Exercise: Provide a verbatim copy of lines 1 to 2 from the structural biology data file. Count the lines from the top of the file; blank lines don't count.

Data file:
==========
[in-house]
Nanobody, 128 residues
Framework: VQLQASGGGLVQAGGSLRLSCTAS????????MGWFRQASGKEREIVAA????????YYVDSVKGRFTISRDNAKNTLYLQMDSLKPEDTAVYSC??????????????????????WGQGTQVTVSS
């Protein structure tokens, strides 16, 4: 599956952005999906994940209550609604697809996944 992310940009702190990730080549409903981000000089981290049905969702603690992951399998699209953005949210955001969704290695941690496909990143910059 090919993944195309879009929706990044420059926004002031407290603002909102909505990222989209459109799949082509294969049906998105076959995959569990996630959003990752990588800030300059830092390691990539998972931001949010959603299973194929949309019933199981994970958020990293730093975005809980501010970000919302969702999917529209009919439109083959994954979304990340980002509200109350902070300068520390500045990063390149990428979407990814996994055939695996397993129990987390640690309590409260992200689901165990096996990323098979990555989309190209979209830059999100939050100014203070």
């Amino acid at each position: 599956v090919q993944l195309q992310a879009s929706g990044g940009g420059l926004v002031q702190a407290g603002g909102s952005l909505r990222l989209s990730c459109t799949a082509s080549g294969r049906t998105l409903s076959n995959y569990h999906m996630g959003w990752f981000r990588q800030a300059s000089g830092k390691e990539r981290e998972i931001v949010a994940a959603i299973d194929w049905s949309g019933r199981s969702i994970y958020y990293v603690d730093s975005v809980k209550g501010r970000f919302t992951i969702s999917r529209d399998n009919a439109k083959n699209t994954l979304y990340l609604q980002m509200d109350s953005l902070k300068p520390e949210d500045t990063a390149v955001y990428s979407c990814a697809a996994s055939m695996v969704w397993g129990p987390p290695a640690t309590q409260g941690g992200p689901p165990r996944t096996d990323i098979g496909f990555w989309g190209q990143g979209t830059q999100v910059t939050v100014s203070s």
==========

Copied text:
[in-house]
Nanobody, 128 residues